∞ Nook Tablet competes with Kindle Fire, not iPad

Barnes & Noble officially took the wraps off its Nook Tablet on Monday. The new 7-inch color device goes on sale today for delivery in mid-November, for $249. It joins three other Nook-branded devices: the Nook Color, now priced at $199, and the Nook Simple Touch, a basic e-ink reader for $99.

The Nook Tablet runs a customized version of Google’s Android 2.3 operating system. It looks similar to the Nook Color, featuring a 1024 x 600 pixel touch-sensitive display, weighing less. It also features some amenities missing from Amazon’s less-expensive Kindle Fire – a faster processor, more storage capacity, and a microSD expansion card slot. Barnes & Noble is also lauding the Nook Tablet’s “VividView” display, which it says is less-prone to distracting reflective glare than other tablets because of a difference in manufacturing method.

Barnes & Noble doesn’t have the same depth and breadth of integrated services for the Nook Color as Amazon does with its Kindle Fire. But Barnes & Noble has included a number of third-party entertainment apps to make the Nook Tablet a well-rounded entertainment device: Netflix, Hulu Plus and Pandora are all supported, for example. Web surfing software, and e-mail client and “thousands of high-quality apps” are also available. While it’s Android-based, Nook Tablet customers go through Barnes & Noble’s own app store to download apps customized to work on the device.

Barnes & Noble estimates the Nook Tablet can operate for 11.5 hours at a stretch without needing a recharge. The company counts more than 250 newspapers and full-color magazines available for the device, as well as “Nook Comics,” published from companies including Marvel, Archie, IDW and Dynamite. The Nook Tablet can also read PDF files and e-books from the Nook Store.

For users uninterested in a full-featured tablet, the Nook Simple Touch may offer a compelling alternative to Amazon’s lower-priced tablet – for $99, Barnes & Noble notes that the Nook Simple Touch works “with no annoying ads.” The device sports a new software update that improves performance; existing Nook Simple Touch users can download the software from the Nook Web site, or wait for an Over the Air (OTA) update coming soon.

  • If I were in the market for an eBook reader, I think I would rather have the Nook Tablet over Amazon.  Unfortunately for B&N, I have an iPad.

  • Anonymous

    It depends on how you frame competition.  Competitors to the iPad include laptops, if you want to extend it that far.  It comes down to functionality and features.  The Kindle Fire is cheaper, and has certain features.  The Nook has a few more features, though it might have less downloadable content than Amazon.  The iPad is more flexible than the other two and has more content choices like more powerful games.  The next step up after that is a laptop or desktop which is the most complex but also the most flexible.

    Those who only wanted an iPad to read books, surf the web and watch Netflix will find the Nook a good choice.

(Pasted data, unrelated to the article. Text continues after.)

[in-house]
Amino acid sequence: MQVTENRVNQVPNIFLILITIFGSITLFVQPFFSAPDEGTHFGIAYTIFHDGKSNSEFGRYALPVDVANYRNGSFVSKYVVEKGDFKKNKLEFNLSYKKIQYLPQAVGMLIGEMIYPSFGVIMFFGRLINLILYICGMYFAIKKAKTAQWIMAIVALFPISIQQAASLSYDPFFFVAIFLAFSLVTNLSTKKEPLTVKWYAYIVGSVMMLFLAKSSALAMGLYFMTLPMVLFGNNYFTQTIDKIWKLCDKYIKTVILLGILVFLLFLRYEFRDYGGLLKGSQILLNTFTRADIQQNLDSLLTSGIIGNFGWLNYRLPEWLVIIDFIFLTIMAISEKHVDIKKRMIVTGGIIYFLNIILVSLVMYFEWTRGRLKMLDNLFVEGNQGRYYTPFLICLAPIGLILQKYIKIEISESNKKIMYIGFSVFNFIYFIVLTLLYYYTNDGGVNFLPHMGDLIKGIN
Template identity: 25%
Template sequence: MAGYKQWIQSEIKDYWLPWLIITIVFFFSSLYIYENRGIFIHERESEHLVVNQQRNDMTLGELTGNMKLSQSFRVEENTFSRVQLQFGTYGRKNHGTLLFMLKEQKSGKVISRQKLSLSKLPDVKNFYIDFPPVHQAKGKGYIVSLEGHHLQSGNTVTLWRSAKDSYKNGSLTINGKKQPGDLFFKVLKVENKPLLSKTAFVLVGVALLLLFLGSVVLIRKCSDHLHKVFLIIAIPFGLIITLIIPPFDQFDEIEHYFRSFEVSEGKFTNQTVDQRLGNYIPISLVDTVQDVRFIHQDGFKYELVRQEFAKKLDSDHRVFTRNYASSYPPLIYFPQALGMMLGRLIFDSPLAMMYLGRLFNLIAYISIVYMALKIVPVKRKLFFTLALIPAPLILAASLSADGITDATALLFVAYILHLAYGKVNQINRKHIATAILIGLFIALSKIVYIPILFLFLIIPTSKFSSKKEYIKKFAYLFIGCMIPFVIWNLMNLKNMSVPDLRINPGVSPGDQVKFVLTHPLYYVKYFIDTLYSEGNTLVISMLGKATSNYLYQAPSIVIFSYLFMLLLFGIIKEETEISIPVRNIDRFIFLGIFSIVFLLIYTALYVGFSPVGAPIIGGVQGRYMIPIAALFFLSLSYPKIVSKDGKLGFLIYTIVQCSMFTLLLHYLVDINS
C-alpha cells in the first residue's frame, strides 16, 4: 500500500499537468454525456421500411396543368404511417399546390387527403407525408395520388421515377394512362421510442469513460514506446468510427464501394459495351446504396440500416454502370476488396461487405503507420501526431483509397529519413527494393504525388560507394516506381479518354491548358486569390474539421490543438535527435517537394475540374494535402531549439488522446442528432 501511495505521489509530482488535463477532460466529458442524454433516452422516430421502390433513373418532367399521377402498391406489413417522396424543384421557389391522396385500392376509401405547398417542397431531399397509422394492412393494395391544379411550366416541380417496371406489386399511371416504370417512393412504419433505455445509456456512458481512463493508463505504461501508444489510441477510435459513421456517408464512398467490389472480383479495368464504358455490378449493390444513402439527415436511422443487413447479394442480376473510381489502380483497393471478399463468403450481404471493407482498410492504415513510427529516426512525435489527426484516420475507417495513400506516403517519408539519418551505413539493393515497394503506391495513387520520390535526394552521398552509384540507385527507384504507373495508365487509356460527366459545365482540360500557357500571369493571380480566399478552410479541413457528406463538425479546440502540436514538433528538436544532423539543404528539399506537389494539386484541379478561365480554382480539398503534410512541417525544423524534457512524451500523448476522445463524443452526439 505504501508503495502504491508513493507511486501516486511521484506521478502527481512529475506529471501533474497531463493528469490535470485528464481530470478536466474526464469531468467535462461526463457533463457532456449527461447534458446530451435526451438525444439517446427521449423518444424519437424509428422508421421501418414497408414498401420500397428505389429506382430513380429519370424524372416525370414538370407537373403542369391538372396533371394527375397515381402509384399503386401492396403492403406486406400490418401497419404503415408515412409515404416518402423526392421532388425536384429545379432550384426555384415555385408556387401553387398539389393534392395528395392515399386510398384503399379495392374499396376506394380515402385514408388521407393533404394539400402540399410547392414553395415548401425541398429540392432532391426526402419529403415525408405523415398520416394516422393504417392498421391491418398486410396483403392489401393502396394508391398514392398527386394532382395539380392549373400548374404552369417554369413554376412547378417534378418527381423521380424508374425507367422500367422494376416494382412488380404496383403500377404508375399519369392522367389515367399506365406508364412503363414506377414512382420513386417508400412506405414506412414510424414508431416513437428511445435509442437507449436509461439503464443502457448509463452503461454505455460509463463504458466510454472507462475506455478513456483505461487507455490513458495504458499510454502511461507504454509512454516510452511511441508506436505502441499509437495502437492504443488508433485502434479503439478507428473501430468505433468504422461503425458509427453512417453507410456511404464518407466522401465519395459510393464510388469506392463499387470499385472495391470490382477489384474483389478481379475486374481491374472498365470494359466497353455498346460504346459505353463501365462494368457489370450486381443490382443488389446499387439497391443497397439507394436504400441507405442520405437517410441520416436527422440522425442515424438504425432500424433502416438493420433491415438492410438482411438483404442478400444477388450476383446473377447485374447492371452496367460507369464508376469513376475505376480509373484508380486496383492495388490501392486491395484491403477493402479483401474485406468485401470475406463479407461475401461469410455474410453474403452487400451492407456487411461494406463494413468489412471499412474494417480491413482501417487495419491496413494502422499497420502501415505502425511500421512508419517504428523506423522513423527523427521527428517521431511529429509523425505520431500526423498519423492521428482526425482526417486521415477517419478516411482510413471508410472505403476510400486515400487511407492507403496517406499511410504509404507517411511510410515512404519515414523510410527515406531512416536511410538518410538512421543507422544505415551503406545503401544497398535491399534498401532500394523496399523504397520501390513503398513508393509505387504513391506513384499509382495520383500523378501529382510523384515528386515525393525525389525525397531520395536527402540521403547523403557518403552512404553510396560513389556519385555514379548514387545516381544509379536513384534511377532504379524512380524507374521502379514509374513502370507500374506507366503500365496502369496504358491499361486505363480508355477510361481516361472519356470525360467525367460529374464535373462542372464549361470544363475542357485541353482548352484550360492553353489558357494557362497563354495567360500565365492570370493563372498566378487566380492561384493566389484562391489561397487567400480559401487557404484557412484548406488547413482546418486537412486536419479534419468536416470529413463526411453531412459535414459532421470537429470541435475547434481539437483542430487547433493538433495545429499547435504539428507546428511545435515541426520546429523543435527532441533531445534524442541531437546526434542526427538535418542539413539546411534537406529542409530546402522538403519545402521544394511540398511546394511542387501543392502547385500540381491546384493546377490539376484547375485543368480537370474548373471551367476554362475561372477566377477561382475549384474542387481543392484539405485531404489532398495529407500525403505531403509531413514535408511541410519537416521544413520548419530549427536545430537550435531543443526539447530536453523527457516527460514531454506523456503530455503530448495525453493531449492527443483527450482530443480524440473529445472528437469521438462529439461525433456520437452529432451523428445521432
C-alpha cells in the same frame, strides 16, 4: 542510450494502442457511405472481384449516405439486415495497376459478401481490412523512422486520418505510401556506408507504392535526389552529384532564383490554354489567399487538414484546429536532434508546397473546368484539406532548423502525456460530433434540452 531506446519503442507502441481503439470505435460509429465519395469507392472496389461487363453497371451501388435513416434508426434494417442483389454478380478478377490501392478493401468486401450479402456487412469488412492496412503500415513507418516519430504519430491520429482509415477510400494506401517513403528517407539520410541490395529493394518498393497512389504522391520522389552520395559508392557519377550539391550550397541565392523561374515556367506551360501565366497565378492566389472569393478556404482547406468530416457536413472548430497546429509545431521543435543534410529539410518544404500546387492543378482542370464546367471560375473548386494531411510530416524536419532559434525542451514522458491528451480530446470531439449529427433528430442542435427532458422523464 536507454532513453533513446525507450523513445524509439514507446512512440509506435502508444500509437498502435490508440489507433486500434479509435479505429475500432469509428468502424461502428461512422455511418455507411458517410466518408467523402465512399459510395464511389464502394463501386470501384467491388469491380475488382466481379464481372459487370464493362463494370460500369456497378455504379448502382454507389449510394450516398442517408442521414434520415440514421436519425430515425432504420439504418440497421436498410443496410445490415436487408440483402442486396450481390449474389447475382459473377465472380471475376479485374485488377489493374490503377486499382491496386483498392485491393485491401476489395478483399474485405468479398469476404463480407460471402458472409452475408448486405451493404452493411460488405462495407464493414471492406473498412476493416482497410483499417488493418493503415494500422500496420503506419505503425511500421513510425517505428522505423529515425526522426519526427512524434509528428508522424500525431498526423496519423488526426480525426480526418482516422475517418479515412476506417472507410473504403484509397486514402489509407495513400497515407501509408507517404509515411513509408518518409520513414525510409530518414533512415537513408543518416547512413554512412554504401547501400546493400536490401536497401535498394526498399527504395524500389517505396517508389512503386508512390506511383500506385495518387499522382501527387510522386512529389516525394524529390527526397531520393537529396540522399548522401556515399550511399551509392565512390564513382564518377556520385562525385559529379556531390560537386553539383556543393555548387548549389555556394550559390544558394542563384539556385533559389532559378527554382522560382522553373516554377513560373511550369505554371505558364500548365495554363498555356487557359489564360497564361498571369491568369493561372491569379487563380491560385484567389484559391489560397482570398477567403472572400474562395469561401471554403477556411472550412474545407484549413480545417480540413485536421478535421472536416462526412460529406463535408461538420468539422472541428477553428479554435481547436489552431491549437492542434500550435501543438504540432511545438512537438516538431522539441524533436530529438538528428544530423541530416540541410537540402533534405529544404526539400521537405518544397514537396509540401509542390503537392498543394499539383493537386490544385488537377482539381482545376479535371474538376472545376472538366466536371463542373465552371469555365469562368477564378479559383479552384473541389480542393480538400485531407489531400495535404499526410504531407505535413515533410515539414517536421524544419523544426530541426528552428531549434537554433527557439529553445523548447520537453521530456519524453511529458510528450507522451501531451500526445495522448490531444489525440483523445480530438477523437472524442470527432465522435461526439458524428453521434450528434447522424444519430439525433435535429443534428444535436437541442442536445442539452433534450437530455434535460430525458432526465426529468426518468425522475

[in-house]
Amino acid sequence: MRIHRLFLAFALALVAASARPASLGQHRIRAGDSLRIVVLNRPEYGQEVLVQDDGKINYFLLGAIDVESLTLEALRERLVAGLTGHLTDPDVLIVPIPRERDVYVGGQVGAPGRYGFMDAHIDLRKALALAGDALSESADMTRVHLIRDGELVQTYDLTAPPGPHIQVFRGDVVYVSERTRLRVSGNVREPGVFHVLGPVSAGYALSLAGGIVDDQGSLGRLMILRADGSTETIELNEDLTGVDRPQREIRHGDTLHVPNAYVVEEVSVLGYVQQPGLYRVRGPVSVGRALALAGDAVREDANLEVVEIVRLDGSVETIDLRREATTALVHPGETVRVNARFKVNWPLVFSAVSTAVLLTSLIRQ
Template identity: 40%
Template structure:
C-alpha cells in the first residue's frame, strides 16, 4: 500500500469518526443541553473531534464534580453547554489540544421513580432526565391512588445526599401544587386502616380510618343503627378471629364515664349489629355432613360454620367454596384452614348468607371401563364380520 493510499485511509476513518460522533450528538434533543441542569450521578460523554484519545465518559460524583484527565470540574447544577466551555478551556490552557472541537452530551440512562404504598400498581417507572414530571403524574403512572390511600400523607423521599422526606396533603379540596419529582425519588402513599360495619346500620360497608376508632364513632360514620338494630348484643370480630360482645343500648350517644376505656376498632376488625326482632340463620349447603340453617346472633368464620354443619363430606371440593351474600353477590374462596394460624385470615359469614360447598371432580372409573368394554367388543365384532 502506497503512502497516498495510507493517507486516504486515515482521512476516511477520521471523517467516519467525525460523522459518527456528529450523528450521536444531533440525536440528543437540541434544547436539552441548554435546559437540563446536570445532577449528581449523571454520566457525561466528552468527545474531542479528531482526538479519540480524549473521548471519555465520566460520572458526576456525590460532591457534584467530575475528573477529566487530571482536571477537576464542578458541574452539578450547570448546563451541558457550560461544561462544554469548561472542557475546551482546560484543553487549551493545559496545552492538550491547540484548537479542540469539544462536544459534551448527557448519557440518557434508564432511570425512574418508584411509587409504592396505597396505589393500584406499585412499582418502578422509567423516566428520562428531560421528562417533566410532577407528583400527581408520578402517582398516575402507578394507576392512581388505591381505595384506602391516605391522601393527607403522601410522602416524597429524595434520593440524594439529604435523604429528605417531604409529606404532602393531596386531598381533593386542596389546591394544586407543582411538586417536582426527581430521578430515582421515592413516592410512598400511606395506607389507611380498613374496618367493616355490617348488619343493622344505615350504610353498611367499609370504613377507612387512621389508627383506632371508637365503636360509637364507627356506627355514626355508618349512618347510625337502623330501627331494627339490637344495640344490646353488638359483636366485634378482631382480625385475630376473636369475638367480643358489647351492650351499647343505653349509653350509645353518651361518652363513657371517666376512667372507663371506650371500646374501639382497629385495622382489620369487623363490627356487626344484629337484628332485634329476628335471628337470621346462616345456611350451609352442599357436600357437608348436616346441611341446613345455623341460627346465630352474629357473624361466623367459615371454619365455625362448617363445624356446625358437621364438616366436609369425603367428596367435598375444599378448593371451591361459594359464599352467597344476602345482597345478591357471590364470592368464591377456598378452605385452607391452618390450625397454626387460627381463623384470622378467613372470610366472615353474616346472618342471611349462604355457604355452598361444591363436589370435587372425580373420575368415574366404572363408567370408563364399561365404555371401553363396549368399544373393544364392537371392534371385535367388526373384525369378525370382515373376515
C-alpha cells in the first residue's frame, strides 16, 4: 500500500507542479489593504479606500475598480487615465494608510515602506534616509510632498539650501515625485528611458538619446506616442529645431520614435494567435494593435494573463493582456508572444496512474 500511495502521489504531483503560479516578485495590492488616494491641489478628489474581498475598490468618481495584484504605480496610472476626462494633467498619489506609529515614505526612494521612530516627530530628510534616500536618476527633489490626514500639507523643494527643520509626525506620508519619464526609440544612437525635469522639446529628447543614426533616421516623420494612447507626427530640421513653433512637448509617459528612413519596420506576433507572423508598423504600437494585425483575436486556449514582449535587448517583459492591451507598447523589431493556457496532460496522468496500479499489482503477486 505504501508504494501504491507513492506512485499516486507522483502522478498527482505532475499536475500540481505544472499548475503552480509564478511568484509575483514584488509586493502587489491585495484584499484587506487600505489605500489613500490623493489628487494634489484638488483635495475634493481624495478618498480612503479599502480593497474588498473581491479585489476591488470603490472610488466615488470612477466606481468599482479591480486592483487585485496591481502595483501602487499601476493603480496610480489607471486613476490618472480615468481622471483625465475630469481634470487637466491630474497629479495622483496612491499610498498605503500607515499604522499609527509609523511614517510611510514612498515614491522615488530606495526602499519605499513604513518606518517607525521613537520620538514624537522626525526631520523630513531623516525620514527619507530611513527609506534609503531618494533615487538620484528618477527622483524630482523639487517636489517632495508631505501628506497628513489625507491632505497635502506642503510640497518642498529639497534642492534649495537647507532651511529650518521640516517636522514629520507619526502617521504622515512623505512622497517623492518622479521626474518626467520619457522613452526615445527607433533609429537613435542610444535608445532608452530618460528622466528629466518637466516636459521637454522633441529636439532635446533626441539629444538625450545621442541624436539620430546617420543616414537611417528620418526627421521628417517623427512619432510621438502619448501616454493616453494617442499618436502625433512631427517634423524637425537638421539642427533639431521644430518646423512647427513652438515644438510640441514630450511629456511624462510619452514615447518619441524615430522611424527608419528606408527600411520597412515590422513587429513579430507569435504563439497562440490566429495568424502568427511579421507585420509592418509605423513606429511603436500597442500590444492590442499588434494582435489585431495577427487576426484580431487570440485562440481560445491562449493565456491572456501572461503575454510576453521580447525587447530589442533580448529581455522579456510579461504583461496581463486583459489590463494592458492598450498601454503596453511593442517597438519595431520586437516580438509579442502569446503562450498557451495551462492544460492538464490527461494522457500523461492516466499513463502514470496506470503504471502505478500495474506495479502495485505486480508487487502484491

• Peter Cohen

      “Those who only wanted an iPad to read books, surf the web and watch Netflix..”

      It’d be a bit like buying a house just to use the bathroom.

      • Anonymous

        Yes exactly… especially if that’s the only choice you had.  Kindle has no netflix, so your choice for netflix on a device was iPhone, iPad, iPod or PC/Mac.  So Kindle wasn’t even a competitor here if your killer feature was Netflix, but the Nook is.

        As far as iPad vs PC/Mac, it could also be said that if all you want is to surf some websites and email, that owning a PC/Mac to do that was like owning a Semi truck to drive around the neighborhood.  Again, it’s all about the features you need.  This is one reason why the PC market is shrinking, because people are choosing new alternatives when none existed before.

      • Anonymous

        If you gotta go, you gotta go.

      • “It’d be a bit like buying a house just to use the bathroom.”

        By your analogy the Nook would be an outhouse. Sounds about right.

  • Anonymous

    Ultimately, I would go for neither the Kindle Fire or the Nook Tablet.  I think the Lenovo A1 Tablet is a better deal at the moment.  It’s currently going for $199 on Amazon and while the Fire and the Nook Tablet have a faster processor, the A1 is lighter, has offline GPS, a microphone, and two cameras.  My personal preference is for improved capability over capacity.  There will always be something better.

    If it’s unique content people want, then Amazon has that, as well as their “Silk” browser, which looks interesting.  But ultimately, if you’re really looking for content, you buy an iPad.

  • Wouldn’t it be hilarious if the only Android-based tablet to earn significant consumer interest turned out to be one that Google barely acknowledges in public?

    • Isn’t that already what’s happening? “Android based” is the keyword here. Amazon and B&N are using Google’s OS to build their platform, a platform Google has no control over and gains no revenue from (if you discount searches through Google in a browser).

  • The 11.5 hour battery life is for “reading”. iPad battery lasts 10 hours with VIDEOS.

    • Guest

      Wow!! I can’t believe you just compared this device with an iPad. Obviously this device is to be serve as an ebook reader. Not a video player.